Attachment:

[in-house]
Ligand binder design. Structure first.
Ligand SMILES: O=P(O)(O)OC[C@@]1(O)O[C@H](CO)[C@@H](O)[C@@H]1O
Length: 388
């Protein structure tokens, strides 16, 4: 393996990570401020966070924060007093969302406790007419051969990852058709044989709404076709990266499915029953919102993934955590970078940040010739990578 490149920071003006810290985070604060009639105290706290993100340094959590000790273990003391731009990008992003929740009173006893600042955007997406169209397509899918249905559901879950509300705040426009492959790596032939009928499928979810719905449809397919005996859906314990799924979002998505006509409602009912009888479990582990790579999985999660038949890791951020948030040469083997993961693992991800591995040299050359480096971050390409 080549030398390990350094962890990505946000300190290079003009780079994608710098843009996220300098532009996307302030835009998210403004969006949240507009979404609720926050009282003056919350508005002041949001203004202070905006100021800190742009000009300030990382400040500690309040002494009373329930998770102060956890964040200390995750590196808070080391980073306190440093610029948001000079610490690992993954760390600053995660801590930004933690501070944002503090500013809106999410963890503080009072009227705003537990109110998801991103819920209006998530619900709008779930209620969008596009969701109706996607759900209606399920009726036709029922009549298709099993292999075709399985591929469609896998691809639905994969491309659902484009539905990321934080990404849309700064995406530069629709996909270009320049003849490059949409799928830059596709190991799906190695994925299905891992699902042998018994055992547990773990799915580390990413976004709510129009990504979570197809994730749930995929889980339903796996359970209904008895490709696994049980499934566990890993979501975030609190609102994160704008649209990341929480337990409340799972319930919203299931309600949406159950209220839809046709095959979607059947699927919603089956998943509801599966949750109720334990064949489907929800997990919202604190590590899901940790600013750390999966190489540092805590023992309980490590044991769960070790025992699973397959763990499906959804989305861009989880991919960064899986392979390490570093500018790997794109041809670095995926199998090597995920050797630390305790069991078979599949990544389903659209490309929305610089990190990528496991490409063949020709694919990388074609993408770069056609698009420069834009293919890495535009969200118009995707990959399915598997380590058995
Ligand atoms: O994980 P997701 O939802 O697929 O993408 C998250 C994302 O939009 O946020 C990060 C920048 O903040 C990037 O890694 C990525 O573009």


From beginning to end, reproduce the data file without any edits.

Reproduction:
[in-house]
Ligand binder design. Structure first.
Ligand SMILES: O=P(O)(O)OC[C@@]1(O)O[C@H](CO)[C@@H](O)[C@@H]1O
Length: 388
């Protein structure tokens, strides 16, 4: 393996990570401020966070924060007093969302406790007419051969990852058709044989709404076709990266499915029953919102993934955590970078940040010739990578 490149920071003006810290985070604060009639105290706290993100340094959590000790273990003391731009990008992003929740009173006893600042955007997406169209397509899918249905559901879950509300705040426009492959790596032939009928499928979810719905449809397919005996859906314990799924979002998505006509409602009912009888479990582990790579999985999660038949890791951020948030040469083997993961693992991800591995040299050359480096971050390409 080549030398390990350094962890990505946000300190290079003009780079994608710098843009996220300098532009996307302030835009998210403004969006949240507009979404609720926050009282003056919350508005002041949001203004202070905006100021800190742009000009300030990382400040500690309040002494009373329930998770102060956890964040200390995750590196808070080391980073306190440093610029948001000079610490690992993954760390600053995660801590930004933690501070944002503090500013809106999410963890503080009072009227705003537990109110998801991103819920209006998530619900709008779930209620969008596009969701109706996607759900209606399920009726036709029922009549298709099993292999075709399985591929469609896998691809639905994969491309659902484009539905990321934080990404849309700064995406530069629709996909270009320049003849490059949409799928830059596709190991799906190695994925299905891992699902042998018994055992547990773990799915580390990413976004709510129009990504979570197809994730749930995929889980339903796996359970209904008895490709696994049980499934566990890993979501975030609190609102994160704008649209990341929480337990409340799972319930919203299931309600949406159950209220839809046709095959979607059947699927919603089956998943509801599966949750109720334990064949489907929800997990919202604190590590899901940790600013750390999966190489540092805590023992309980490590044991769960070790025992699973397959763990499906959804989305861009989880991919960064899986392979390490570093500018790997794109041809670095995926199998090597995920050797630390305790069991078979599949990544389903659209490309929305610089990190990528496991490409063949020709694919990388074609993408770069056609698009420069834009293919890495535009969200118009995707990959399915598997380590058995
Ligand atoms: O994980 P997701 O939802 O697929 O993408 C998250 C994302 O939009 O946020 C990060 C920048 O903040 C990037 O890694 C990525 O573009």